That definitely meant we were STARVING though after checking into our airbnb and being ready to leave the house around 3pm. So, rather than dwell, we strolled along the cobblestone streets (thank you, mother, for the flat booties–life savers!).


Where Audrey insists that she wants to cut her long hair “all off!”

We stumbled past some yummy Napoli street food and the Pantheon, which we returned to after dinner! RAFAEL and the first king of Italy are buried there!! Phenomenal. Claud and I had the same reverent feeling we had upon standing in front of Shakespeare’s grave in Stratford-upon-Avon. These were men who influenced and impacted millions of people’s lives, and they were lying right below our feet, literally. The staff of the former Roman temple, now church, did have to remind everyone to hush and pay the place due respect, just like in St. Paul’s Cathedral. I instantly checked myself and silently prayed, basking in the majesty of the rotunda.

But beforehand, my girls and I got some delectable carbonara (pasta with eggs, bacon, pepper, and most certainly, LOADS of parmesan cheese!) at “Roscioli.” They luckily were willing to seat us at the bar despite the fact they were about to close for their break before dinner

service. I do believe that a smile and kindness goes a long way in this world! I LOVED my pasta–ate up the entire thing.

But I realized this trip that I am much more of a “cheese girl” than my pals. Sure, as a kid I’d always joke about how much I enjoy cheesy things (films, shows, etc.), as I would just “eat up the cheese.” But not only figuratively, I could and nearly do eat cheese every day. It’s delicious! Jarlsberg, parmesan, brie, pecorino romano, provolone, gruyere, gouda, cheddar, mozzarella, ricotta, mascarpone, even feta more now! Anything but blue. We can keep that one far away from my plate.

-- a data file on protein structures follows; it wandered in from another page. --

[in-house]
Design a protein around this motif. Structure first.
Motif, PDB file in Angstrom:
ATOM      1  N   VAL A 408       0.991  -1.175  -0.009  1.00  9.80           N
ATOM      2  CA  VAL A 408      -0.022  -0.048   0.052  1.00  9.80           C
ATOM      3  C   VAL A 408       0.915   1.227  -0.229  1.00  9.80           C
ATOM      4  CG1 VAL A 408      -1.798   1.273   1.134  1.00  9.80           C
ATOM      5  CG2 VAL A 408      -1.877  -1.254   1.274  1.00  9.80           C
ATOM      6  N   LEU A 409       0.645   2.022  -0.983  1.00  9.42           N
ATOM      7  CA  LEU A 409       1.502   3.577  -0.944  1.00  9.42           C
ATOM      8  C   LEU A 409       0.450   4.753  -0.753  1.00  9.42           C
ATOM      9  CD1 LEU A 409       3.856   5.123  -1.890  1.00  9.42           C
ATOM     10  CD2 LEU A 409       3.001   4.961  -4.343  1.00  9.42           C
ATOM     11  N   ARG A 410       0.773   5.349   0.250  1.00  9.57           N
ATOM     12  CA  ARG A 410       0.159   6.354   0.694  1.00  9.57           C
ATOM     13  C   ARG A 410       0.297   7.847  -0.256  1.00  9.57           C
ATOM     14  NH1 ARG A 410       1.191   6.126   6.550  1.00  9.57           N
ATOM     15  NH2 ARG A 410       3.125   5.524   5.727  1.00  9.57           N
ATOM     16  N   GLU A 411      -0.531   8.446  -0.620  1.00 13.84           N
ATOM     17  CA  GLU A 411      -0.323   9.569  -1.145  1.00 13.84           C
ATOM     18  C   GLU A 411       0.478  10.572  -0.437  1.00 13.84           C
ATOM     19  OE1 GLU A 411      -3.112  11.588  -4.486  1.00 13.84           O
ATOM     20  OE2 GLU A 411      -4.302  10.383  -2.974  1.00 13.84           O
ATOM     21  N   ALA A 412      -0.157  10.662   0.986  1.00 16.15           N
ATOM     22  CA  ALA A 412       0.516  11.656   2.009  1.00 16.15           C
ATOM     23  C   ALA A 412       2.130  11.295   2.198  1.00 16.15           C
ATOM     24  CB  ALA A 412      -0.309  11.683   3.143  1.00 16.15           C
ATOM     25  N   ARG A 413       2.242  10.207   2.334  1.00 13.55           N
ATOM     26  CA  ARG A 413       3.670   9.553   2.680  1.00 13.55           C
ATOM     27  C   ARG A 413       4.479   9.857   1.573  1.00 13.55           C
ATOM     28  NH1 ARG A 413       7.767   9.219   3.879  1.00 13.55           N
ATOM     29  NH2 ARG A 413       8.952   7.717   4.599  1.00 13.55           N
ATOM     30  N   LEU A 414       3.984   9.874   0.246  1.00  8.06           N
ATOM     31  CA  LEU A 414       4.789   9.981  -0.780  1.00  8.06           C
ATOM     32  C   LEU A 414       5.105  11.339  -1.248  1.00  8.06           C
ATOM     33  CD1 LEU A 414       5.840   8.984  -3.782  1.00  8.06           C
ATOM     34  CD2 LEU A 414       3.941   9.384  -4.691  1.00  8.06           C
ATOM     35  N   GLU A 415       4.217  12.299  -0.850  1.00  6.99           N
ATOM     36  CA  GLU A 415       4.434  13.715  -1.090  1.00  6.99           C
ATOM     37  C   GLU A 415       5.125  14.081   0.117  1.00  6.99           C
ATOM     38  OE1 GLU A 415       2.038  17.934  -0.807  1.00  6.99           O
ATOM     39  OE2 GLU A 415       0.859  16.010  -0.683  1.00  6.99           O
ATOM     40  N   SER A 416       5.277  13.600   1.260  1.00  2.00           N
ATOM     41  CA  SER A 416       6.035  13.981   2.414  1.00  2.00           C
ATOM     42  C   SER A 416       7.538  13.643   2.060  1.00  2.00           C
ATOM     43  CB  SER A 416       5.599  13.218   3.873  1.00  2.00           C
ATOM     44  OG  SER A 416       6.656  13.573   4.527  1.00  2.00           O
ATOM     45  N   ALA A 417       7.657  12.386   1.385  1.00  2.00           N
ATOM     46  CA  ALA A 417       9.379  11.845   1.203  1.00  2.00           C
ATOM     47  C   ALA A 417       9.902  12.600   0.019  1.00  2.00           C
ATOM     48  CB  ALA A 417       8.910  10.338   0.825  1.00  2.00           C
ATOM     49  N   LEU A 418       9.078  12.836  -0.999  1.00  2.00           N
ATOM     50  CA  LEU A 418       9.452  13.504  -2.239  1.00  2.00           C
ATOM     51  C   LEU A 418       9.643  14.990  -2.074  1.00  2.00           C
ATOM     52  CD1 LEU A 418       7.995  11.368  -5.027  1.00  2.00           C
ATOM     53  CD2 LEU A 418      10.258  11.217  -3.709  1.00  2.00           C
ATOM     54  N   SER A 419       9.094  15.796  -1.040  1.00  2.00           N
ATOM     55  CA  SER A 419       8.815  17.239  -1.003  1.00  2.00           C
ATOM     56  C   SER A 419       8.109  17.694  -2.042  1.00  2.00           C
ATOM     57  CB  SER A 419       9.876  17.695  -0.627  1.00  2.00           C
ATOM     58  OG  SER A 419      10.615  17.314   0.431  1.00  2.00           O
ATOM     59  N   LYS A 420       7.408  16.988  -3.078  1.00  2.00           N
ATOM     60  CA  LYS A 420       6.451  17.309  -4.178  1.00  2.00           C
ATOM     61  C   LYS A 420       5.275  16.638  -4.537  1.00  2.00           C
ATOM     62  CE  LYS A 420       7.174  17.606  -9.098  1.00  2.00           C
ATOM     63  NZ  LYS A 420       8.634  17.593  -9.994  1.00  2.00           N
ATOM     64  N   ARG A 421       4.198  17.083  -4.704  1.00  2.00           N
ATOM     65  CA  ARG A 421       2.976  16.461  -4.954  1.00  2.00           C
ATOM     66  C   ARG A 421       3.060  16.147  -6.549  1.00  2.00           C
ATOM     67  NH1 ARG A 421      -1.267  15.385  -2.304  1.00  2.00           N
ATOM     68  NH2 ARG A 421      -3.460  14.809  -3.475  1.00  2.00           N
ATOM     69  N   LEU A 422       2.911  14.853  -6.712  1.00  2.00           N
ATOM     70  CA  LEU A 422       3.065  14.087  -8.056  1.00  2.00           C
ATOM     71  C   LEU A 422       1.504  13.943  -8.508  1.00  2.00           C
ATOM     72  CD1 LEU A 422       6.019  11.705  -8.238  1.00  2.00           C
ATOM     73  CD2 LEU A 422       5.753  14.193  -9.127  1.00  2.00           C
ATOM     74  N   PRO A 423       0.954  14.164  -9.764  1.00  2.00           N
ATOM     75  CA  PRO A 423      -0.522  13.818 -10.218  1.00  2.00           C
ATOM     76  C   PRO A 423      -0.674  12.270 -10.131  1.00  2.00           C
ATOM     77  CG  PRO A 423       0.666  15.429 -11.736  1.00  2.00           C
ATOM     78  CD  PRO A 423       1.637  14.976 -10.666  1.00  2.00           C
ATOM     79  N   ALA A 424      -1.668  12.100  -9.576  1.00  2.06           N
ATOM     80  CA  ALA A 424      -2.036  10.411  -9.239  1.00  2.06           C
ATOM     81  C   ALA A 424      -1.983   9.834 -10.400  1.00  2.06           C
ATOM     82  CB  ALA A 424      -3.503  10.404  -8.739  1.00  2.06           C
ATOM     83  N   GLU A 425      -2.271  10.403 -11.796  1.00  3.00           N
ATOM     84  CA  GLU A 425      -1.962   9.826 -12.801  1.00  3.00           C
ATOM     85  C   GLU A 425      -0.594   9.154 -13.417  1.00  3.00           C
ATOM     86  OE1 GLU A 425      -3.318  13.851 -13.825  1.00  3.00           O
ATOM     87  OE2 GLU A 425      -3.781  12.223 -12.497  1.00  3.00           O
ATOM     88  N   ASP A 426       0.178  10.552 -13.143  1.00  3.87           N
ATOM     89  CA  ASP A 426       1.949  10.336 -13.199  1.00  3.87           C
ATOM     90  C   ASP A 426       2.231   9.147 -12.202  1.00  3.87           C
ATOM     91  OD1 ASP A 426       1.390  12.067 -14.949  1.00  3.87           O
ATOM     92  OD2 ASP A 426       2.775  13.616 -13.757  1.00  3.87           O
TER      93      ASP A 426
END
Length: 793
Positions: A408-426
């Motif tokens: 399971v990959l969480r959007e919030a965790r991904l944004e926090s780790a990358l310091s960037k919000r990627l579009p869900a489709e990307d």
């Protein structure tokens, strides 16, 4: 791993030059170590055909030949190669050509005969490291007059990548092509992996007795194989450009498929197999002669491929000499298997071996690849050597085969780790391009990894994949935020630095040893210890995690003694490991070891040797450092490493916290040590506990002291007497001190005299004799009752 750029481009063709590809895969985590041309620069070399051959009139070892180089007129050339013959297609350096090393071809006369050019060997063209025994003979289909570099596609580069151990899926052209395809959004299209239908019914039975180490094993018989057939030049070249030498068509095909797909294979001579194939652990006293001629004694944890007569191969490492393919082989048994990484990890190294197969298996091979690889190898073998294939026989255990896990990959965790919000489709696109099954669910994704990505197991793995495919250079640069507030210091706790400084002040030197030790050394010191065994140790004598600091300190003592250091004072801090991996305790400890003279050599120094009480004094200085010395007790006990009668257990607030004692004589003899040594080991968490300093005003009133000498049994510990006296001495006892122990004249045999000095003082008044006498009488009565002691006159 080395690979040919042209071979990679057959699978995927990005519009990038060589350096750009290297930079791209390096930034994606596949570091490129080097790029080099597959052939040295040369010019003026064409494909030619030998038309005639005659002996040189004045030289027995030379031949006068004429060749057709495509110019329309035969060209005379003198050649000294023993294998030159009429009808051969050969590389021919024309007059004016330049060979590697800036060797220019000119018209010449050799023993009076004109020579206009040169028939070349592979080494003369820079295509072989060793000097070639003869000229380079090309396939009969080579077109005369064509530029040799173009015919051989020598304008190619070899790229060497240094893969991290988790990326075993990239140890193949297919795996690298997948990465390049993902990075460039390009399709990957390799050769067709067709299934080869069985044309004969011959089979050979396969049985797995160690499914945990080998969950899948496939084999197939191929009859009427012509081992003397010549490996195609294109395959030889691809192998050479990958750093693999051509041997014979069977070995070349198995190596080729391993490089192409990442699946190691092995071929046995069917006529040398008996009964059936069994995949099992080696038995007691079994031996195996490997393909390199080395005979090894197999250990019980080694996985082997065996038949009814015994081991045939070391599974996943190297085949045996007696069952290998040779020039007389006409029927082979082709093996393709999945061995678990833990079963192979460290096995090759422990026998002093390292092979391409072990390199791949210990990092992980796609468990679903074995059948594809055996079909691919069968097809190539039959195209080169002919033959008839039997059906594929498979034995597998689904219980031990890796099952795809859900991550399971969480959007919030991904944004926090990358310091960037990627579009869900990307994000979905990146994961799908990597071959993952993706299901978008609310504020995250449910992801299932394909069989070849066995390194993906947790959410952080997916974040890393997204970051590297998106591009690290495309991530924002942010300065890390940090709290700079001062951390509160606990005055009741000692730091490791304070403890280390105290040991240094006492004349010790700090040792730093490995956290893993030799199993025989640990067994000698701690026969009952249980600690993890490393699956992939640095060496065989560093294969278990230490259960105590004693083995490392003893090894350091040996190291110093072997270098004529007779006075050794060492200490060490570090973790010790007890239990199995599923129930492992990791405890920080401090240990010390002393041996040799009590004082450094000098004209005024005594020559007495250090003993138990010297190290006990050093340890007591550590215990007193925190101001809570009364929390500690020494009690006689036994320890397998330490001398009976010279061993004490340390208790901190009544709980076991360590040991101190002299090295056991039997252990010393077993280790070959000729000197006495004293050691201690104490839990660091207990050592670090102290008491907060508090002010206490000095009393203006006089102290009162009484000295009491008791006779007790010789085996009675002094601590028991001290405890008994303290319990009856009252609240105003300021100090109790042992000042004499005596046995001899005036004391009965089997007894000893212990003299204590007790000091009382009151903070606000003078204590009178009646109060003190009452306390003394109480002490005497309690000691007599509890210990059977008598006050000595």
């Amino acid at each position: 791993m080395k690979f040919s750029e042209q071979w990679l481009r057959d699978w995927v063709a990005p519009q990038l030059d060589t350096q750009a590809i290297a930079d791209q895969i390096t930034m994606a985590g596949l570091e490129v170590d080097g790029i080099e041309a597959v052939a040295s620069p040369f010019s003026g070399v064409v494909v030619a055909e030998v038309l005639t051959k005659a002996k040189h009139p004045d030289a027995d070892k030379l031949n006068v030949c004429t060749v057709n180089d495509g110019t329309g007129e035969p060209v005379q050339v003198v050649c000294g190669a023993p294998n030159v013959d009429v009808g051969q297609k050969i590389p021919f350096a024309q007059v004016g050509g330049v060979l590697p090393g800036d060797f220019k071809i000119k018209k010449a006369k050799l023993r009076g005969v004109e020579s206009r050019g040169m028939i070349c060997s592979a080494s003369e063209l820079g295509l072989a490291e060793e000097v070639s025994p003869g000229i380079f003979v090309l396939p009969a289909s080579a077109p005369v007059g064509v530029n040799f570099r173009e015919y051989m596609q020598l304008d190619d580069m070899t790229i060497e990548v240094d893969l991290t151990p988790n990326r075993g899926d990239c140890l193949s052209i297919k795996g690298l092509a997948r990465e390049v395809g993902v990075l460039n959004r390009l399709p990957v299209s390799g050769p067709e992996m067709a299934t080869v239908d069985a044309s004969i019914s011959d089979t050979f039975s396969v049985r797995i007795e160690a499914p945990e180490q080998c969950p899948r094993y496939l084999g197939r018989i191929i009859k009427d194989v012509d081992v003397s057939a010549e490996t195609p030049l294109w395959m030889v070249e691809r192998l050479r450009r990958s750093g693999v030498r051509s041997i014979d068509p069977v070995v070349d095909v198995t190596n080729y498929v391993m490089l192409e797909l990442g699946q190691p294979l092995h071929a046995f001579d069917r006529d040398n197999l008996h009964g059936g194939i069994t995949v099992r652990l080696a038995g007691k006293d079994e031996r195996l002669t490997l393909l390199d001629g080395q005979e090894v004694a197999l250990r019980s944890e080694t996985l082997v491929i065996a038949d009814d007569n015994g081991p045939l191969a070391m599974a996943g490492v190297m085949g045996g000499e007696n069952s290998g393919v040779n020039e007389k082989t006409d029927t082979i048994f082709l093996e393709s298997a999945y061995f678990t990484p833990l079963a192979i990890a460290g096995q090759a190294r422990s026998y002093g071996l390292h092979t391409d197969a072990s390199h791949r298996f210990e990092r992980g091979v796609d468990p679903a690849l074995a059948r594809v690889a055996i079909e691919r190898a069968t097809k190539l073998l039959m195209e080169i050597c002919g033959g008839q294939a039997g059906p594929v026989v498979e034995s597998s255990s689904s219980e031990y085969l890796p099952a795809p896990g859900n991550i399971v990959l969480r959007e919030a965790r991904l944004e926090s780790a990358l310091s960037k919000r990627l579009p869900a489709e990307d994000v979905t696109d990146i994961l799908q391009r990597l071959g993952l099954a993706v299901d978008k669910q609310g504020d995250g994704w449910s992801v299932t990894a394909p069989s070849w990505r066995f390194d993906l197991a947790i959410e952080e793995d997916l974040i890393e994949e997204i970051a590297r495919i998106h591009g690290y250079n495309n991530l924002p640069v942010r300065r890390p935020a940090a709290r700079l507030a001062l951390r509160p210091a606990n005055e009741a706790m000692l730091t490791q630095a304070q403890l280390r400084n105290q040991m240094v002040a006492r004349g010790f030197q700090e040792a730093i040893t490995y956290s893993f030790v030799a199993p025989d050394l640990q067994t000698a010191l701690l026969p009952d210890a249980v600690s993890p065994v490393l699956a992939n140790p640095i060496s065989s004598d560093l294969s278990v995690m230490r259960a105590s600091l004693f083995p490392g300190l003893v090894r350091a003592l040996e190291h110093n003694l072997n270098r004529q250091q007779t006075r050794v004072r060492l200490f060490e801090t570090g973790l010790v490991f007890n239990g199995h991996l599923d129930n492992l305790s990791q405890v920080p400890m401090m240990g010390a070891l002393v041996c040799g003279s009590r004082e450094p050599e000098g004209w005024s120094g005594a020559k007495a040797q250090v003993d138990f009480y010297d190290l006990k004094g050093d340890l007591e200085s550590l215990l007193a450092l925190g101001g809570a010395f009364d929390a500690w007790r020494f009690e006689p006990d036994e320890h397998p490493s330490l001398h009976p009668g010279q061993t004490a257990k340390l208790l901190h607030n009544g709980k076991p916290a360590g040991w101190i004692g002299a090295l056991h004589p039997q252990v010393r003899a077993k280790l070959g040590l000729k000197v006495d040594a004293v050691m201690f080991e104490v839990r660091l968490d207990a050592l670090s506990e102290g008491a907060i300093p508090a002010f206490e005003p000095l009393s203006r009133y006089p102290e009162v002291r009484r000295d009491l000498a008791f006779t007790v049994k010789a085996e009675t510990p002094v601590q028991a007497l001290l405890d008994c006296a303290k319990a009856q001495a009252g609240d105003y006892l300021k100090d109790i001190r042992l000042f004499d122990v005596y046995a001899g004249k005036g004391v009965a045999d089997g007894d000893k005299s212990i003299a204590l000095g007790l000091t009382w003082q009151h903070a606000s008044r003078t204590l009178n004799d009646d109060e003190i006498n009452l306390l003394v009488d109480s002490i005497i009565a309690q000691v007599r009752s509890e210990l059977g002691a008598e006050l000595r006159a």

As I said, we admired t

he Pantheon, and unknowingly took some lovely photos alongside a trashcan, and then went to see the Trevi Fountain! Unfortunately, rain started pouring down so the coin-throwing did not go over as well as it could have, but we still managed our way down the street to get gelato from San Crispino (Elizabeth Gilbert’s fave spot as referenced in Eat, Pray, Love!). We then, of course, got second dinner–some lovely fiori di zucca (fried pumpkin flowers with cheese!) and pizza!!

We were toast and the next morning woke up bright and early to meet for our tour of the Vatican Museums, the Sistine Chapel, and St. Peter’s Basilica! We had our first Roma cappuccinos (to which I am now addicted, can’t complain since I’m now having more milk in my diet–hey,

milk helps to build strong bones, right!).

It’s unbelievable we technically went to two countries this weekend–Italy and the Catholic epicenter of the world that is technically its own country/independent city-state within Italy. But it’s only a 2-mile radius! Amazing. Entering the Vatican felt pretty surreal. How often do you get to say: “Oh ya, you know, I hung around the Vatican this morning and then got some lasagna?” Not too much in my lifetime.